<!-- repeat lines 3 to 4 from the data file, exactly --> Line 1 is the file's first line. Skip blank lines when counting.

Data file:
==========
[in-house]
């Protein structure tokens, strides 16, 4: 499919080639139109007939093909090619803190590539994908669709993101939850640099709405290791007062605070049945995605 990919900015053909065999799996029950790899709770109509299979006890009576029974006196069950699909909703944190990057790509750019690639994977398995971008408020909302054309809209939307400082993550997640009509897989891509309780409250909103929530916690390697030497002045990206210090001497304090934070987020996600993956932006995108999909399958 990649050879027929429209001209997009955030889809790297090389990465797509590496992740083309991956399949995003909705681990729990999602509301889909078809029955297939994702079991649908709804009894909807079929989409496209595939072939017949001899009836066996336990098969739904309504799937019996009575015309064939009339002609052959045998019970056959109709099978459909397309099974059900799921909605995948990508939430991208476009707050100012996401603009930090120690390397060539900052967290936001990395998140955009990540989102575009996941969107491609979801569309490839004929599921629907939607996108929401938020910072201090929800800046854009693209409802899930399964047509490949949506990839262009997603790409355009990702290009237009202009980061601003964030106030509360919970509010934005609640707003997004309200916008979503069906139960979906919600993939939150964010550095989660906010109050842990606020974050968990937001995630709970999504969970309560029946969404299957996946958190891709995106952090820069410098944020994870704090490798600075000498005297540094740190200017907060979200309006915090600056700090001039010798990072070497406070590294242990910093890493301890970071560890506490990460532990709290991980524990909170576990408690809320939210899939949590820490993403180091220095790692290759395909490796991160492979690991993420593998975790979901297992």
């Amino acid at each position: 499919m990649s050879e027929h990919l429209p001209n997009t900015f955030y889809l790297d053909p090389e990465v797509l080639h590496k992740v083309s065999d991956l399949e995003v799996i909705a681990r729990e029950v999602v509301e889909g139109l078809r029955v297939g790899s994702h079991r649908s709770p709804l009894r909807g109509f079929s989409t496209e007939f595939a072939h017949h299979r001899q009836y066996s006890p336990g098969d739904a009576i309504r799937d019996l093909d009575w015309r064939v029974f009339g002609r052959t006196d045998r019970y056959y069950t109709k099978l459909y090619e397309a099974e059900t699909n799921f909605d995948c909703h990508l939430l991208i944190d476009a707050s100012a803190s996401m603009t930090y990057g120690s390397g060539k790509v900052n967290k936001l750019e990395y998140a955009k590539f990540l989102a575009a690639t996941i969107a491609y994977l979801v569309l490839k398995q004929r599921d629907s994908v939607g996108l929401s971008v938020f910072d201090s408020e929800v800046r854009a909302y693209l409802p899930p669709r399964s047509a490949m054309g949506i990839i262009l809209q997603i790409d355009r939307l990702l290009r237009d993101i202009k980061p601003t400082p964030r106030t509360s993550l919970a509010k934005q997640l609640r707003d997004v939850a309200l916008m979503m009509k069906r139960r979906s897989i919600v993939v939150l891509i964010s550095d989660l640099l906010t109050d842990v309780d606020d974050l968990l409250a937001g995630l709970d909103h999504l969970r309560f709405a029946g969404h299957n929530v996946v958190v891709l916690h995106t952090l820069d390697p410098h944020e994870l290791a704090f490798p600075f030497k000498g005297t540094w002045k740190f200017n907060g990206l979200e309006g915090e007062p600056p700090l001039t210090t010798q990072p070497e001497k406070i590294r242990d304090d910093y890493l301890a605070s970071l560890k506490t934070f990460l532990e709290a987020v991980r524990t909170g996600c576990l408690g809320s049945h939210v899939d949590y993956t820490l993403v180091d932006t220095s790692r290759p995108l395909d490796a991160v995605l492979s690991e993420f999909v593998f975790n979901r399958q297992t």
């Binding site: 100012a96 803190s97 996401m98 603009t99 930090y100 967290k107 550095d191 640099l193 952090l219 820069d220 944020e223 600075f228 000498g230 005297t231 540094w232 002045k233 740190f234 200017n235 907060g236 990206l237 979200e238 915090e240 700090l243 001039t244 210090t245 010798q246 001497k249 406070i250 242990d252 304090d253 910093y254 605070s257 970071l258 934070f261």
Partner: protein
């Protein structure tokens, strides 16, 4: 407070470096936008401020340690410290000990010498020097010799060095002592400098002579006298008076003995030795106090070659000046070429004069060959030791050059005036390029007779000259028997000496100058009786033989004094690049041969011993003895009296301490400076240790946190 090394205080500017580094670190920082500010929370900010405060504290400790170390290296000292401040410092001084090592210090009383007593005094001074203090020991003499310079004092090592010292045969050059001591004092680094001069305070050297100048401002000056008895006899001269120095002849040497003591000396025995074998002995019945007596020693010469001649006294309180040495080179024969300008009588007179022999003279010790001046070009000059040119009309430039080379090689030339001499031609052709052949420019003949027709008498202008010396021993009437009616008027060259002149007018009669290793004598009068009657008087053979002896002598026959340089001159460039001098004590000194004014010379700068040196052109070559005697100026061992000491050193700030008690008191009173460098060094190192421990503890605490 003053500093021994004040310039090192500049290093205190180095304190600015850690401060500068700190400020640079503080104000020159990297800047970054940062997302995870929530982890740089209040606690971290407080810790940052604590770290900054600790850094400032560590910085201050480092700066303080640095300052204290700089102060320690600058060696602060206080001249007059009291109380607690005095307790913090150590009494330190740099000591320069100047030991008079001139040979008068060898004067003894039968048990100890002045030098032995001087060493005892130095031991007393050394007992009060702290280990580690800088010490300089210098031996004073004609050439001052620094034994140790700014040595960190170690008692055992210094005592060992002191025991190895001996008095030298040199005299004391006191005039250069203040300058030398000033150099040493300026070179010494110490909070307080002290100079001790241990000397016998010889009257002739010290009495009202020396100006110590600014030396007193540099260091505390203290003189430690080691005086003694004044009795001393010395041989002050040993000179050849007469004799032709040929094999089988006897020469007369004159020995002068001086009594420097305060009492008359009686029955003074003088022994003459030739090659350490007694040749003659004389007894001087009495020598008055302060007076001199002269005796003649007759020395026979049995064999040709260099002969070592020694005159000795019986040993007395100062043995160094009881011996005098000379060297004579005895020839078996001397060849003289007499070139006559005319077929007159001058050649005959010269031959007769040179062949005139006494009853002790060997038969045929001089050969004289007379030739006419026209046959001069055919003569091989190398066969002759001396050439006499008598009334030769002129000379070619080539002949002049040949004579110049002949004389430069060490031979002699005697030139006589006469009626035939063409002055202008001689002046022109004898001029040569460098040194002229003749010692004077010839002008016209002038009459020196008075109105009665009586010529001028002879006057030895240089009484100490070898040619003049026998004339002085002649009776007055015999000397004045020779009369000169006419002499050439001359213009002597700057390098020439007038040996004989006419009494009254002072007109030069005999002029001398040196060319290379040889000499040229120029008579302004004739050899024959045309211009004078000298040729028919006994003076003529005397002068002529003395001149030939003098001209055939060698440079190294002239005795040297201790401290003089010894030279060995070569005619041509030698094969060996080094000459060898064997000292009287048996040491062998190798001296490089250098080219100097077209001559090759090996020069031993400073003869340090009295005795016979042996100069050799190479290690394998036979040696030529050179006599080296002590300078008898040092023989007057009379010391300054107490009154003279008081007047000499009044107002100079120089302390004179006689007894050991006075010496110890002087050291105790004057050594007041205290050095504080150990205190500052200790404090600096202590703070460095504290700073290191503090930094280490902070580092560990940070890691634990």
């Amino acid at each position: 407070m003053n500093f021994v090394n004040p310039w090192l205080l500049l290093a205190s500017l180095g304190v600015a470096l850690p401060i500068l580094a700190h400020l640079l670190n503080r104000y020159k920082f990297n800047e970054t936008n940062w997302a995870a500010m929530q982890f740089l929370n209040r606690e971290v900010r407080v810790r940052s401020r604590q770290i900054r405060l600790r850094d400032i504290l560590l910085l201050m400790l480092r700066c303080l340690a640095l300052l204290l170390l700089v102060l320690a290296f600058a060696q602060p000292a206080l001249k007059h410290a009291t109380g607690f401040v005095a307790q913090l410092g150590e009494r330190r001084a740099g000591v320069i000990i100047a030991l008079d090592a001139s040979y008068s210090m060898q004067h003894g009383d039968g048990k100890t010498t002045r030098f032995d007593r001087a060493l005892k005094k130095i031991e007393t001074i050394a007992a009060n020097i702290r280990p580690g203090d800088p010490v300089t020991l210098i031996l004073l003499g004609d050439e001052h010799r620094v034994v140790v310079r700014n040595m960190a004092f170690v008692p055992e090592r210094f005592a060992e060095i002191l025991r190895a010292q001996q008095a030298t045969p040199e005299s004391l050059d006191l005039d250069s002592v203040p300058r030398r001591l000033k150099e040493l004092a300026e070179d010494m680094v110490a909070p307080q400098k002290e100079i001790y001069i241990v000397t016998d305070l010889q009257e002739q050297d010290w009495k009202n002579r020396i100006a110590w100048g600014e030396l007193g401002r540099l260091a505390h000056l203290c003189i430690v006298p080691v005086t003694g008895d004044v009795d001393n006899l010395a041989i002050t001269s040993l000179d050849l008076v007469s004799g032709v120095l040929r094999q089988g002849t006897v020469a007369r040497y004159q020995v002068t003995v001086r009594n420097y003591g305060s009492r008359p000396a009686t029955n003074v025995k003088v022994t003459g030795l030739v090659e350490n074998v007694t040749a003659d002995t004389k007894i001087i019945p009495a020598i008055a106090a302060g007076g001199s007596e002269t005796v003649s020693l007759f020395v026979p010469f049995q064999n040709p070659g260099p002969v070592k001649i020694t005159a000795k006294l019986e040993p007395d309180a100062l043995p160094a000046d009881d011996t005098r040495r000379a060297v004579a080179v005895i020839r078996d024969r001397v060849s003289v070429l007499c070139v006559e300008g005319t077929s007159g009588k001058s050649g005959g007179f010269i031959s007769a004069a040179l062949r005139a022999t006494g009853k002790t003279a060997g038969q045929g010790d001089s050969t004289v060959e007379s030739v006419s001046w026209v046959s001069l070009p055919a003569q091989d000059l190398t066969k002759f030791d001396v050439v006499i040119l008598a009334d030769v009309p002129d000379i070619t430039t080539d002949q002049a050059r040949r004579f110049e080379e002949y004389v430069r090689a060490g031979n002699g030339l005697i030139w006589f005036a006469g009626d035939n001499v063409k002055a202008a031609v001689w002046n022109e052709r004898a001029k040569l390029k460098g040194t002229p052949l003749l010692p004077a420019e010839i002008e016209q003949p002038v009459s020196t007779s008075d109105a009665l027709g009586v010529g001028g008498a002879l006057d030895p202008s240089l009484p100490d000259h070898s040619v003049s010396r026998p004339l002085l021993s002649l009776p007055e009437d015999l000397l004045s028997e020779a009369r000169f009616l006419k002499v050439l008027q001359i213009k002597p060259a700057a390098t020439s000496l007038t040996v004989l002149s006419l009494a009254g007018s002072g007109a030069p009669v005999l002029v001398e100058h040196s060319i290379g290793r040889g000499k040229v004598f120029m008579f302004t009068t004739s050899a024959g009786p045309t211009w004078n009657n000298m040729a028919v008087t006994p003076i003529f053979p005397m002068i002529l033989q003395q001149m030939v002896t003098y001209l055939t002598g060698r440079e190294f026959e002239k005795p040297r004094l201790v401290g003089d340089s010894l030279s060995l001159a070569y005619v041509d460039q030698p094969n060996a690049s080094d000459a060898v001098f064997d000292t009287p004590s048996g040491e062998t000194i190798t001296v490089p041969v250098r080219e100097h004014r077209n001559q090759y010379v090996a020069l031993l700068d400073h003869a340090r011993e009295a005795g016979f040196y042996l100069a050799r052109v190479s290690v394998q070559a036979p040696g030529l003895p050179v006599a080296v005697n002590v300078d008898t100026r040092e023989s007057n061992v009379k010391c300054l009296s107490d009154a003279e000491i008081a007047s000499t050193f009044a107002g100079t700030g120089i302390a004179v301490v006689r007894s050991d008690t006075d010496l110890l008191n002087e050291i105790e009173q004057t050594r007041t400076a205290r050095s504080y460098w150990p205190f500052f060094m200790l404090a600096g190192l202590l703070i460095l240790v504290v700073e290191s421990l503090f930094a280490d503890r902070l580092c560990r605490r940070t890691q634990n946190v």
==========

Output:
């Amino acid at each position: 499919m990649s050879e027929h990919l429209p001209n997009t900015f955030y889809l790297d053909p090389e990465v797509l080639h590496k992740v083309s065999d991956l399949e995003v799996i909705a681990r729990e029950v999602v509301e889909g139109l078809r029955v297939g790899s994702h079991r649908s709770p709804l009894r909807g109509f079929s989409t496209e007939f595939a072939h017949h299979r001899q009836y066996s006890p336990g098969d739904a009576i309504r799937d019996l093909d009575w015309r064939v029974f009339g002609r052959t006196d045998r019970y056959y069950t109709k099978l459909y090619e397309a099974e059900t699909n799921f909605d995948c909703h990508l939430l991208i944190d476009a707050s100012a803190s996401m603009t930090y990057g120690s390397g060539k790509v900052n967290k936001l750019e990395y998140a955009k590539f990540l989102a575009a690639t996941i969107a491609y994977l979801v569309l490839k398995q004929r599921d629907s994908v939607g996108l929401s971008v938020f910072d201090s408020e929800v800046r854009a909302y693209l409802p899930p669709r399964s047509a490949m054309g949506i990839i262009l809209q997603i790409d355009r939307l990702l290009r237009d993101i202009k980061p601003t400082p964030r106030t509360s993550l919970a509010k934005q997640l609640r707003d997004v939850a309200l916008m979503m009509k069906r139960r979906s897989i919600v993939v939150l891509i964010s550095d989660l640099l906010t109050d842990v309780d606020d974050l968990l409250a937001g995630l709970d909103h999504l969970r309560f709405a029946g969404h299957n929530v996946v958190v891709l916690h995106t952090l820069d390697p410098h944020e994870l290791a704090f490798p600075f030497k000498g005297t540094w002045k740190f200017n907060g990206l979200e309006g915090e007062p600056p700090l001039t210090t010798q990072p070497e001497k406070i590294r242990d304090d910093y890493l301890a605070s970071l560890k506490t934070f990460l532990e709290a987020v991980r524990t909170g996600c576990l408690g809320s049945h939210v899939d949590y993956t820490l993403v180091d932006t220095s790692r290759p995108l395909d490796a991160v995605l492979s690991e993420f999909v593998f975790n979901r399958q297992t």
């Binding site: 100012a96 803190s97 996401m98 603009t99 930090y100 967290k107 550095d191 640099l193 952090l219 820069d220 944020e223 600075f228 000498g230 005297t231 540094w232 002045k233 740190f234 200017n235 907060g236 990206l237 979200e238 915090e240 700090l243 001039t244 210090t245 010798q246 001497k249 406070i250 242990d252 304090d253 910093y254 605070s257 970071l258 934070f261």